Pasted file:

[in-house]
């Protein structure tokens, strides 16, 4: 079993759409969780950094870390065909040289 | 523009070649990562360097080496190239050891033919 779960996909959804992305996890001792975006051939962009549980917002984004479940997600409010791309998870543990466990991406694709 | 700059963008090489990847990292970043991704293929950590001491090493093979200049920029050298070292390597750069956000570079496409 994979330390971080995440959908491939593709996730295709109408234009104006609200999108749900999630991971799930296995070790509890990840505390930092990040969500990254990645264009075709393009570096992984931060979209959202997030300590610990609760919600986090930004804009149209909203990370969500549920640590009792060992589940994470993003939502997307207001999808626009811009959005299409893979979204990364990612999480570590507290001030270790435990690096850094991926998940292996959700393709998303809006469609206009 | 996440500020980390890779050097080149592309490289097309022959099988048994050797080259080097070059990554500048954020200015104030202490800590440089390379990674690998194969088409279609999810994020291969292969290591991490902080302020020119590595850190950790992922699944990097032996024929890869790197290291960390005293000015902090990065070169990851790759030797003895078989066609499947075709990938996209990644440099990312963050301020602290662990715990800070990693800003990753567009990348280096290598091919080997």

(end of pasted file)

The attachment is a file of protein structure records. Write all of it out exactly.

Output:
[in-house]
């Protein structure tokens, strides 16, 4: 079993759409969780950094870390065909040289 | 523009070649990562360097080496190239050891033919 779960996909959804992305996890001792975006051939962009549980917002984004479940997600409010791309998870543990466990991406694709 | 700059963008090489990847990292970043991704293929950590001491090493093979200049920029050298070292390597750069956000570079496409 994979330390971080995440959908491939593709996730295709109408234009104006609200999108749900999630991971799930296995070790509890990840505390930092990040969500990254990645264009075709393009570096992984931060979209959202997030300590610990609760919600986090930004804009149209909203990370969500549920640590009792060992589940994470993003939502997307207001999808626009811009959005299409893979979204990364990612999480570590507290001030270790435990690096850094991926998940292996959700393709998303809006469609206009 | 996440500020980390890779050097080149592309490289097309022959099988048994050797080259080097070059990554500048954020200015104030202490800590440089390379990674690998194969088409279609999810994020291969292969290591991490902080302020020119590595850190950790992922699944990097032996024929890869790197290291960390005293000015902090990065070169990851790759030797003895078989066609499947075709990938996209990644440099990312963050301020602290662990715990800070990693800003990753567009990348280096290598091919080997």